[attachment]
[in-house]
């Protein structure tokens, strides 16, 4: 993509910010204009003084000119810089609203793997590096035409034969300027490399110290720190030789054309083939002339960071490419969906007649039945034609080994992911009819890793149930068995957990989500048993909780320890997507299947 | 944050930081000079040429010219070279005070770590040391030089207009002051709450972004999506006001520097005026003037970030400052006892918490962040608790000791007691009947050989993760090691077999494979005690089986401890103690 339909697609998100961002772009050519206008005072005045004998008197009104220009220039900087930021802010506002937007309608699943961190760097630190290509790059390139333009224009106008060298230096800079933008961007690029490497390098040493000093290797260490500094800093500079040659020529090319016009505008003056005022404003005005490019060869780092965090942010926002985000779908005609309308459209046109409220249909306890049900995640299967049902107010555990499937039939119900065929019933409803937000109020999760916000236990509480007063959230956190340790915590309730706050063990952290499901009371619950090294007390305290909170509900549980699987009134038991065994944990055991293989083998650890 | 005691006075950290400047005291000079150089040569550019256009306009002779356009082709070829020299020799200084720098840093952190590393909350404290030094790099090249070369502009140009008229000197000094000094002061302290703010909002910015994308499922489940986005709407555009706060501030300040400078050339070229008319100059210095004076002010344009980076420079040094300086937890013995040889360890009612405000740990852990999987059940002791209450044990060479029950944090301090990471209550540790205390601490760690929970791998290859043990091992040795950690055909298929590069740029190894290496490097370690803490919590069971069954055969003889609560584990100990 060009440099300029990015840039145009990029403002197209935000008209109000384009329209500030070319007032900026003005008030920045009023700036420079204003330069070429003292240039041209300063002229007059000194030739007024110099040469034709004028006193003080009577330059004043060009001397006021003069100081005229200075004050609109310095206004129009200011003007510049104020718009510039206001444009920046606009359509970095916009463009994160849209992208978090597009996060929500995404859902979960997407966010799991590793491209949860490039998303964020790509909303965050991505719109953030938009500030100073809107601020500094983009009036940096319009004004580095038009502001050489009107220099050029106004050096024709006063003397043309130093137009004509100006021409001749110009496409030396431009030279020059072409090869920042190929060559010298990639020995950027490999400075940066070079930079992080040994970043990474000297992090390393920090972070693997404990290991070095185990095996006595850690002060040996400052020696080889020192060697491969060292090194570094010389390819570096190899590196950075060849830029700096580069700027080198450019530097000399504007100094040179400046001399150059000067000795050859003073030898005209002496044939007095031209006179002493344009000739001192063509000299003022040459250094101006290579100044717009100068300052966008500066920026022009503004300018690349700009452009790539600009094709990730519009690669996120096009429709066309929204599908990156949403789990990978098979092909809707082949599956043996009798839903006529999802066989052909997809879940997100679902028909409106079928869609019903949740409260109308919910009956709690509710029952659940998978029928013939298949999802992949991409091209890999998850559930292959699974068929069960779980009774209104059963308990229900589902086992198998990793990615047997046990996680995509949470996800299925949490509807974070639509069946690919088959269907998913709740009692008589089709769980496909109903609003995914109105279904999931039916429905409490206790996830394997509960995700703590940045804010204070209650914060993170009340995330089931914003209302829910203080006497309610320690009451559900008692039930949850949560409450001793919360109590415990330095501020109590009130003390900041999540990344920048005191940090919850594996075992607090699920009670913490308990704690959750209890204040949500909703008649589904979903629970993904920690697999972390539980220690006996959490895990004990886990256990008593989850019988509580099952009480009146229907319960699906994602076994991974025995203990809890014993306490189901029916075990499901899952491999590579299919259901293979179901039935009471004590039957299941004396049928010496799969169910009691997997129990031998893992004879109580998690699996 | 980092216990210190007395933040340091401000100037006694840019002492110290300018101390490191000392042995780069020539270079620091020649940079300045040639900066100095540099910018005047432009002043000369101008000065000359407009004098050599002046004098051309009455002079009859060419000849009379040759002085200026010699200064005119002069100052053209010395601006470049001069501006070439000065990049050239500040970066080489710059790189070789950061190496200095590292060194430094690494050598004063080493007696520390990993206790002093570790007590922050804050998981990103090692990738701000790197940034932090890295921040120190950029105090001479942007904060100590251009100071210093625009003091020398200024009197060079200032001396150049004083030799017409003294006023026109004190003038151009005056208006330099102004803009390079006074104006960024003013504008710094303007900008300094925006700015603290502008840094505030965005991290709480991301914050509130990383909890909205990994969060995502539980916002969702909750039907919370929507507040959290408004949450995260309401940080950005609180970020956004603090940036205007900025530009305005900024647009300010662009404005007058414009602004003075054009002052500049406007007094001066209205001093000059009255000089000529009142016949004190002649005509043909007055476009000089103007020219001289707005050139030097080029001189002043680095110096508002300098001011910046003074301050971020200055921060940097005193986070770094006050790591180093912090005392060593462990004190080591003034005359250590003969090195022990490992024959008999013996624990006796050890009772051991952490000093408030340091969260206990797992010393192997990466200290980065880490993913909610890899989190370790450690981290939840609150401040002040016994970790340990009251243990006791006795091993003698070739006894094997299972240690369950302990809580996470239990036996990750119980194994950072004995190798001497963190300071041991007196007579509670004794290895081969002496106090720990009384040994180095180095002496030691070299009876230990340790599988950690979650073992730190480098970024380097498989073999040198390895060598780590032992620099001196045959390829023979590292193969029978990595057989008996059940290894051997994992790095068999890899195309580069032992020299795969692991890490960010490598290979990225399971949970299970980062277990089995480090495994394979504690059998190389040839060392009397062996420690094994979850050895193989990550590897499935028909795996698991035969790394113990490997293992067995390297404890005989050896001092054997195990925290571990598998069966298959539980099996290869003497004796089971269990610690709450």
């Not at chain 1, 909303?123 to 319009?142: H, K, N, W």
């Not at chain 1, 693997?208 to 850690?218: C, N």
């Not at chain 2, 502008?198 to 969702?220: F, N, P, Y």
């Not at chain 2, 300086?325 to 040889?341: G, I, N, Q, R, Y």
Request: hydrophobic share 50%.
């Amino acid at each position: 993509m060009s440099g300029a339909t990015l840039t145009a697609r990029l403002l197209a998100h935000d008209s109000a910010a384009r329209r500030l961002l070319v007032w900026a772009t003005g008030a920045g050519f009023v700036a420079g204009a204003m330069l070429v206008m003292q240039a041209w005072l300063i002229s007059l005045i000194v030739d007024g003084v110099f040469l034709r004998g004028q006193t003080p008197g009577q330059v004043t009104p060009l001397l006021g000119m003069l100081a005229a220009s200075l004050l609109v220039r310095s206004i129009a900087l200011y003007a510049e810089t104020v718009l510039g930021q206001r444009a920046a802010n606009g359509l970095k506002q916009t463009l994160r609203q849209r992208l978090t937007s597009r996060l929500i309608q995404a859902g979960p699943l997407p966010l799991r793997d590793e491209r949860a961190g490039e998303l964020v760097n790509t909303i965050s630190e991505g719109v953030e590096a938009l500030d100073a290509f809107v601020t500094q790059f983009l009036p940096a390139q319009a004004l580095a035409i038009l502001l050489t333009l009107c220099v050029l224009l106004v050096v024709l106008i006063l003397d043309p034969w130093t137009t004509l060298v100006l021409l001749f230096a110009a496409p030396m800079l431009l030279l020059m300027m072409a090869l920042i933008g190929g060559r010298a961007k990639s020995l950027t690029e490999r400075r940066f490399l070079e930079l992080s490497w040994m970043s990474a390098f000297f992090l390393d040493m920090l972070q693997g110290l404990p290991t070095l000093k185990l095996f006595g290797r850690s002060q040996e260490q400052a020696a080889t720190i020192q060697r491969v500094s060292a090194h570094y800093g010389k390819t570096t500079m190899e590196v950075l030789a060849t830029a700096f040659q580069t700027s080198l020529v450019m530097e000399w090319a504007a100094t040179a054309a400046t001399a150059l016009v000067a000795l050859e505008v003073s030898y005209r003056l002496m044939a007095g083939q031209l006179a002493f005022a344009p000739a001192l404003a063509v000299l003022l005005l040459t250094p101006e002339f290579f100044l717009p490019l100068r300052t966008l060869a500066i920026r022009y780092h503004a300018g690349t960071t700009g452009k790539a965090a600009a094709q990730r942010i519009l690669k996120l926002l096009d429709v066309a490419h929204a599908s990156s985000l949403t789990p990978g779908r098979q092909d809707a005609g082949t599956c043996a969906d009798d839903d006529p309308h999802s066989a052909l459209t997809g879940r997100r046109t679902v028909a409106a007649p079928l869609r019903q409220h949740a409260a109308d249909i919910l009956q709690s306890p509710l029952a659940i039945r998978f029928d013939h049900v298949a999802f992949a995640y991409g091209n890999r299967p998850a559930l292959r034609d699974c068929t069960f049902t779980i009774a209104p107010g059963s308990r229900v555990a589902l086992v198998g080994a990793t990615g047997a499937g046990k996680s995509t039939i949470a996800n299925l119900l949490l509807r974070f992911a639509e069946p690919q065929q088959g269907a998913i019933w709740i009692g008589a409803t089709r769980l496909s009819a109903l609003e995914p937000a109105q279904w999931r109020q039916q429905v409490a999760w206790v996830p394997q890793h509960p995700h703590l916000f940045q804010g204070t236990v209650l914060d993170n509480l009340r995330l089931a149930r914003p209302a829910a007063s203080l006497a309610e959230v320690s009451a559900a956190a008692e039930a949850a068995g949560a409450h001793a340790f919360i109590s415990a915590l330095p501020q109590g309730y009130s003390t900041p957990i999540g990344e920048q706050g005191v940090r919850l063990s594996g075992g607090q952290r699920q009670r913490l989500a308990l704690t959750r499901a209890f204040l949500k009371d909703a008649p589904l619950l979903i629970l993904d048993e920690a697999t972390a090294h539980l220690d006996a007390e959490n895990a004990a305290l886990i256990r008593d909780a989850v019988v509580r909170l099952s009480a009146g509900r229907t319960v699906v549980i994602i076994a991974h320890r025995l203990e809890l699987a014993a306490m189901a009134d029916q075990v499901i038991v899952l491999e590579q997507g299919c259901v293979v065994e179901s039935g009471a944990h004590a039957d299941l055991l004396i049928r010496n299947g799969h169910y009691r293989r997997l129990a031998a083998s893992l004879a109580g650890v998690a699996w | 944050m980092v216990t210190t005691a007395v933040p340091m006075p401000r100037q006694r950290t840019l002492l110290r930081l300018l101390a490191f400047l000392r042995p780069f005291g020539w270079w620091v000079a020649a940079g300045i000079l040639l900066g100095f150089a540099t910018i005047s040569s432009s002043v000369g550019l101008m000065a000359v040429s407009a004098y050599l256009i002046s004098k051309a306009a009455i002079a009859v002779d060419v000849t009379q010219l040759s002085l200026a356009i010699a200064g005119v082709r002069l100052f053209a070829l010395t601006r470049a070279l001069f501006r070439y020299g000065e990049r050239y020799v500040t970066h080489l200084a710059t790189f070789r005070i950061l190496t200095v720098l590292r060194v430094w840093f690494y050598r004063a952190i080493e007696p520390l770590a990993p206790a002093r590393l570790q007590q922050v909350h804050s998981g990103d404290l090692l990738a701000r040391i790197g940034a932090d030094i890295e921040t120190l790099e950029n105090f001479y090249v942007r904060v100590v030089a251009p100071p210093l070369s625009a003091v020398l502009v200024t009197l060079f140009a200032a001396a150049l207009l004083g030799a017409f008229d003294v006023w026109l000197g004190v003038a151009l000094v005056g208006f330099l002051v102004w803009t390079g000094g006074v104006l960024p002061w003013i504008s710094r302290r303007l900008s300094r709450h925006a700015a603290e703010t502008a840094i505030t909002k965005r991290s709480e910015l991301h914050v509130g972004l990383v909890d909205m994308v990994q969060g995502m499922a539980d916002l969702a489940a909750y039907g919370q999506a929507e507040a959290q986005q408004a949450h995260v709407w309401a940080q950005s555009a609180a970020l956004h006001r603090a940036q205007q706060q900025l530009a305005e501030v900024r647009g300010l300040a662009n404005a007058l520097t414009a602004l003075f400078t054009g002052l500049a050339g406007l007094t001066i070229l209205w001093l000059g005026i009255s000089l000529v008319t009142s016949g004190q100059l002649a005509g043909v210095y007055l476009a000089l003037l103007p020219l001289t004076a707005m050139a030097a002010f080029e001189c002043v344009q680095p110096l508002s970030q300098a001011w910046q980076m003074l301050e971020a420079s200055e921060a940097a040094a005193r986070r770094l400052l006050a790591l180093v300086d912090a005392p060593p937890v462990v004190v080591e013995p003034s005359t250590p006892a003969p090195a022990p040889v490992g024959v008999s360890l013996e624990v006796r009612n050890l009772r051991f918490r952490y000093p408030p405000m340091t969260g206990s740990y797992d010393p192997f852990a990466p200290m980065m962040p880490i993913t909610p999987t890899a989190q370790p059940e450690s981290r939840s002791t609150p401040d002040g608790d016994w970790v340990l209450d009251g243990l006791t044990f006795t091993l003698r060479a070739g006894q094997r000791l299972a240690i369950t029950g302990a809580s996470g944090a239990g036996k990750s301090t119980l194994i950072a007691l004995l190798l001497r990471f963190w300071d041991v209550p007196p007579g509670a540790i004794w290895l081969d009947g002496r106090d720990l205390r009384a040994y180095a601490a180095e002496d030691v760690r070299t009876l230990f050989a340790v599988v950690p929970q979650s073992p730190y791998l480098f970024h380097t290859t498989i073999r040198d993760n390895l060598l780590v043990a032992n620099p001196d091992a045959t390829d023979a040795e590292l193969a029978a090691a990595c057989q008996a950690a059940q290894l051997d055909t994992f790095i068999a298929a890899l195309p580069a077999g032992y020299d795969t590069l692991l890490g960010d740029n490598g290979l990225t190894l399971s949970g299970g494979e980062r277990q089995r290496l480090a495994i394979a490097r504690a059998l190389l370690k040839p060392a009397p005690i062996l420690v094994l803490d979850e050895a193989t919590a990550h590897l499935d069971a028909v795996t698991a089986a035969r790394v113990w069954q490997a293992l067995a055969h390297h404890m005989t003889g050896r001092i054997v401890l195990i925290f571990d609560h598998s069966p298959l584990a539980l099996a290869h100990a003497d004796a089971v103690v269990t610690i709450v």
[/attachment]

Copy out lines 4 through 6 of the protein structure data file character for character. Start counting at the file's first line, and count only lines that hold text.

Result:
């Not at chain 1, 693997?208 to 850690?218: C, N």
């Not at chain 2, 502008?198 to 969702?220: F, N, P, Y």
């Not at chain 2, 300086?325 to 040889?341: G, I, N, Q, R, Y």